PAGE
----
The spine consists of a series of individual bones referred to as ‘vertebrae’ that are stacked in order to form the spinal column. Between each vertebra is a round, flat cushioning pad known as an intervertebral disc, which works to absorb shock. A herniated disc, which is also referred to as a ruptured or slipped disc, typically occurs when undue pressure is placed on the vertebrae. If the herniated disc presses on any nerves close to the disc, the result can be painful.
Herniated discs generally take place in the lower half of the spine. However, they’ve also been known to occur in the thoracic and cervical spine. A herniated disc is notorious for causing back, neck, and leg pain, which is known as sciatica.
While it’s not always possible to actually prevent a herniated disc, there are various steps to take in order to greatly reduce the risk:
- Practice appropriate lifting techniques. Never bend at the waist. Instead, bend at the knees while keeping the back aligned and using the stronger leg muscles to carry the burden of the load.
- Pack light. Children who continuously carry heavy backpacks generally experience more back problems, and can eventually lead to a herniated disc.
- Try to practice good posture whenever you are walking, standing, sitting, or even sleeping. For instance, stand completely straight with shoulders back, the small of the back flat, and the abdomen in. Always sit with your feet flat to the floor or somewhat elevated. Sleep on your side, rather than your stomach, on a fairly firm mattress.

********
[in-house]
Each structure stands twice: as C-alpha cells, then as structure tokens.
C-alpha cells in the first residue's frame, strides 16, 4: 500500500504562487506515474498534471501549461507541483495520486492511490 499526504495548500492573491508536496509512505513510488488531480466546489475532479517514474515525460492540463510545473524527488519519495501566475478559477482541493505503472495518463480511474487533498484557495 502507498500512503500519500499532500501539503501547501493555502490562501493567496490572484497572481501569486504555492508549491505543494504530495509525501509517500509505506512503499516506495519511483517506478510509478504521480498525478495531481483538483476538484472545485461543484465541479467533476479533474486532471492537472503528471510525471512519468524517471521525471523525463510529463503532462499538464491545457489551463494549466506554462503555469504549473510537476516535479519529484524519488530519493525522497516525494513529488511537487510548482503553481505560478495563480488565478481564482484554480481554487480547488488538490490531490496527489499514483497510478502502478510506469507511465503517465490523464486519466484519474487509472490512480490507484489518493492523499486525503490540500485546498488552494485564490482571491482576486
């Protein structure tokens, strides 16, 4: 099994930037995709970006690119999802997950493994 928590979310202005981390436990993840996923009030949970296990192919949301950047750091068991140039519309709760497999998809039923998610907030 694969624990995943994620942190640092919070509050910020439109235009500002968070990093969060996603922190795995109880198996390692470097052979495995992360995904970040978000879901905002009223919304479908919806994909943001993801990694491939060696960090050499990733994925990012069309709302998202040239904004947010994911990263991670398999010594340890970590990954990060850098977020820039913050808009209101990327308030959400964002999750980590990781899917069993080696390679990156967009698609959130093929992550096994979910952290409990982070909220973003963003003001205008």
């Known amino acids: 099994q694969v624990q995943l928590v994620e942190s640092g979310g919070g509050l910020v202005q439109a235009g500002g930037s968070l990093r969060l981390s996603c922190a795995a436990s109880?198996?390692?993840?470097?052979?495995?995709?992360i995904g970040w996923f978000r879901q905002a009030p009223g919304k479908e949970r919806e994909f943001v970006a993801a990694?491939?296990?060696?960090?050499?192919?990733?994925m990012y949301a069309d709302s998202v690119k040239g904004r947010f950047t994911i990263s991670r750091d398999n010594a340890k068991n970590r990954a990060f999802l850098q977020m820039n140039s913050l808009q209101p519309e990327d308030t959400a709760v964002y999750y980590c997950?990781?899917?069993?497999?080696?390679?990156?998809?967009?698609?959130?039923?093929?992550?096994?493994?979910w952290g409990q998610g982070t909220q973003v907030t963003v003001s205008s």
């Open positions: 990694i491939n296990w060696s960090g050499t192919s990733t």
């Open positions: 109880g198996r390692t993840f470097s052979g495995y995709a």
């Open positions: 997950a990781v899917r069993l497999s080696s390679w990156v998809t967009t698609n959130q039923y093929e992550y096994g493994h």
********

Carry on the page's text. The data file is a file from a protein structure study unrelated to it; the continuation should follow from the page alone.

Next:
- Refrain from wearing high-heeled shoes.
- Maintain a healthy weight. Too much weight puts undue pressure on the lower back.
- Eat well-balanced, nutritious meals.
- Stop smoking and watch your alcohol intake.
- Stretch quite frequently if sitting for extended periods of time.
- Exercise on a regular basis in order to keep the muscles in your back, stomach, and legs strong and flexible. If possible, engage in aerobic exercise regularly.
Individuals who engage in a more sedentary lifestyle face a higher risk of low back pain, or a herniated disc. This is particularly true if they try to do physically taxing chores that include moving bulky items, shoveling snow, or certain tasks that call for bending over excessively. Even though there aren't any documented studies that actually prove the correlation between lower back pain and a lack of exercise, many doctors think an inactive lifestyle is a big contributor to back pain or in some cases, herniation.
Refrain from sitting for long periods of time. People who travel in vehicles or sit in front of a computer all day increase their chances of disc problems. Avoid carrying or lifting heavy objects immediately after sitting for an extended amount of time.